Imperial Frontier #P-II, Diamondbrite™ Lockback
LENGTH (Closed): 4”
FRAME: Frame, bolsters & liners are all one piece of stainless steel.
HANDLES: Handles have a Birch wood inlay stainless steel frame.
BLADES: Single drop point blade made of Diamondbrite™ stainless steel
TANG STAMPS: FRONTIER/U.S.A. Rear Stamp: P-II/IMPERIAL/STAINLESS
CONDITION: Excellent to Near Mint
DAMAGE: None noted
BLADE WEAR: Blade appears full, has been lightly used and may have been sharpened.
MADE IN: U.S.A.
ADDITIONAL INFO: This is an interesting series of knives produced circa 1982. In one of their advertising flyers Imperial shows a picture of a very early computer wear the keyboard and monitor all one piece and beneath the picture of this old clunky computer are the following words: “Slim-silhouette, compact “‘knives of the future.’” This was six years before the Motorola bag phone and 20+ years before the smartphone. This was Imperial’s attempt to play to the technology industry, which in many ways was still in its infancy.
There were six knives in this series, which was referred to as the Diamondbrite™ series; the models P-I, P-II, & P-IV were single bladed lockbacks and were 3, 4 & 5 inches respectively. The P-III was a 3-inch, three-blade pattern with a drop point master blade, and a sheepfoot and pin secondary blades. The P-VI was a 3-inch, two-blade pattern with a drop point master blade and a pen blade at opposite ends.
Although the Diamondbrite™ series may not be as eye-catching today as it was in 1982 I think the spotless look of the brushed stainless steel frame and the lighter colored Birchwood inlay makes for a clean, sleek look to the knives, especially the single bladed ones.
Ironically the Diamondbrite™ series by Imperial is very similar in the looks, size, blade shape and configuration as the Easy Rider series that Kershaw made and introduced circa 1976. The difference between the Imperial Frontier Diamondbrite™ and Kershaw’s Easy Rider series is that the Diamondbrite™ featured a lighter colored wood inlay, Birchwood in the Imperials and Rosewood in the Kershaws, and the finish on the Diamondbrite knives was considerably lighter in color than the similar finish on the Kershaws. The Diamondbrite series were lighter and brighter than the Easy Rider series of Kershaw. When I see two items so similar in design and function; one that was incredibly successful, (the Easy Rider series appeared in ads and catalogs from 1976 to 1985), and the Imperial Diamondbrite series were only produced in 1982. This always makes me wonder why the product was so successful one company and not for the other? I guess is just another cutlery history mystery!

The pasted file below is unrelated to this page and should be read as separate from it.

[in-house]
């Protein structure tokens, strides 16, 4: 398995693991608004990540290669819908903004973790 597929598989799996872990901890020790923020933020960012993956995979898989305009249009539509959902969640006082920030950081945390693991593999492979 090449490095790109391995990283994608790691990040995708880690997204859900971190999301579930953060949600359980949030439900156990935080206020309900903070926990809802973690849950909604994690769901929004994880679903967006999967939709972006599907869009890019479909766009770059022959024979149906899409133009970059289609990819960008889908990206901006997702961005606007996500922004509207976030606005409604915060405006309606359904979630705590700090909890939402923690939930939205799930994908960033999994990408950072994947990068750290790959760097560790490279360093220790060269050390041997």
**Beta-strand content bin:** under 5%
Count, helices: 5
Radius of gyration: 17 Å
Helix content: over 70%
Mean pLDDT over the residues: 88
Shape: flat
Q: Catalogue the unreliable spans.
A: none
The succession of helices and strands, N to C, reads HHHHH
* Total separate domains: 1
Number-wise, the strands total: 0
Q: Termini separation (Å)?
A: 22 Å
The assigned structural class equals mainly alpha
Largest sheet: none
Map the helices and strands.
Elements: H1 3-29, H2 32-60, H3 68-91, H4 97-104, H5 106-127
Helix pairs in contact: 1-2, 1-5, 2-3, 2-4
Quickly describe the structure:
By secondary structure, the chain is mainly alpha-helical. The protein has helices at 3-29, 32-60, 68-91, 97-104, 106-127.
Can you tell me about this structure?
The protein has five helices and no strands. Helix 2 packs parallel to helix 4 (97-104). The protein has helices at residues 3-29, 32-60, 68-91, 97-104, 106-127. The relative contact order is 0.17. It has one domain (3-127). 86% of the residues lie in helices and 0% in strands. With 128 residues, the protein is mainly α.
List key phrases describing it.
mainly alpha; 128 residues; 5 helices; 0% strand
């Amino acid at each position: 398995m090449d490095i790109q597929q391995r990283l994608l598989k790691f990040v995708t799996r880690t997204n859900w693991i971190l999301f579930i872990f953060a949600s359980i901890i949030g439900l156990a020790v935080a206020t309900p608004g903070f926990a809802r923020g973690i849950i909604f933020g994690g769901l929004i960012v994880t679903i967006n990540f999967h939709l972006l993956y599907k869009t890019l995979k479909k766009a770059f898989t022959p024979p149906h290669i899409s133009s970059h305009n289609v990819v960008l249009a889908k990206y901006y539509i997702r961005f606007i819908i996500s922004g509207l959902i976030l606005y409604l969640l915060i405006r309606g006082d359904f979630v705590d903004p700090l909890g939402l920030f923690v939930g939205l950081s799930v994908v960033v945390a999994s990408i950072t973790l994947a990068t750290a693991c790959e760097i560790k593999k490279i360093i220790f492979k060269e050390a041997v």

Don’t pass up this chance to own your own piece of Imperial Cutlery history!
*By Purchasing, The Buyer Confirms It Is Legal For Them Purchase And Own This Knife.
I try to keep the shipping price as close as possible to the actual USPS rate. If you are purchasing several items and you are concerned that the shipping is more than the actual USPS rate, please contact me if it’s off by more than a couple of dollars and I will adjust it to actual USPS listed price if it is less than the price listed by the our postage program.
Accepted Payments: Money Orders, & PayPal
Item # 32765
Shipping & Handling to United States Addresses: $4.50
Shipping Discounts Available for Multiple Items Purchased from Orvet Customs:
If this item is purchased with another item from Orvet Customs that has a shipping cost of $4.50 or more, standard shipping to US addresses for this item will be discounted to $2.50.
Orvet Customs has provided the following additional shipping details:
YES, I DO SHIP OVERSEAS! Email me prior to your purchase and I can give you shipping options to your country and an estimate of what the shipping will cost. I routinely ship to Australia, Canada, UK, Scandinavia and Western Europe. I will also ship to other countries. Email me with your mailing address, postal code and country and I can give you an estimate of the cost of postage.